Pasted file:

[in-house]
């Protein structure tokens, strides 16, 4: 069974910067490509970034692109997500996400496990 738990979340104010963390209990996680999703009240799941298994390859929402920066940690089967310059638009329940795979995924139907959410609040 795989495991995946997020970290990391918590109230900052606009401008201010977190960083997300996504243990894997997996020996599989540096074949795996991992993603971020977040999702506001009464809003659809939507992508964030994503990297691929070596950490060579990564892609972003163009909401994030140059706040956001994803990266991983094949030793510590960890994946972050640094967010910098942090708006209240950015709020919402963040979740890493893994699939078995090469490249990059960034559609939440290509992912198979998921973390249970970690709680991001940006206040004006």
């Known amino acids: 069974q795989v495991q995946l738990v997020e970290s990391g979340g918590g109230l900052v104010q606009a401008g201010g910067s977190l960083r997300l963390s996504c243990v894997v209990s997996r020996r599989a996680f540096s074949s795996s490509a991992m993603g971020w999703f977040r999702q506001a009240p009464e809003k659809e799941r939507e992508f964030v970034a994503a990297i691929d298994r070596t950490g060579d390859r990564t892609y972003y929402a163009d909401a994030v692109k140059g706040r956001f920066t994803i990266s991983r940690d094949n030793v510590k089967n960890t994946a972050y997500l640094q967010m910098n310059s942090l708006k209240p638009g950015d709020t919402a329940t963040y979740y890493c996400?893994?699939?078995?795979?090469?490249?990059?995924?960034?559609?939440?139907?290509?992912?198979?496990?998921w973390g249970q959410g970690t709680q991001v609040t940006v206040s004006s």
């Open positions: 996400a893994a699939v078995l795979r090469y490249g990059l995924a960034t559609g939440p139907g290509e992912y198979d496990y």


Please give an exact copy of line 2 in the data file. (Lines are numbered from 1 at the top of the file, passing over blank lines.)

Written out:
């Protein structure tokens, strides 16, 4: 069974910067490509970034692109997500996400496990 738990979340104010963390209990996680999703009240799941298994390859929402920066940690089967310059638009329940795979995924139907959410609040 795989495991995946997020970290990391918590109230900052606009401008201010977190960083997300996504243990894997997996020996599989540096074949795996991992993603971020977040999702506001009464809003659809939507992508964030994503990297691929070596950490060579990564892609972003163009909401994030140059706040956001994803990266991983094949030793510590960890994946972050640094967010910098942090708006209240950015709020919402963040979740890493893994699939078995090469490249990059960034559609939440290509992912198979998921973390249970970690709680991001940006206040004006």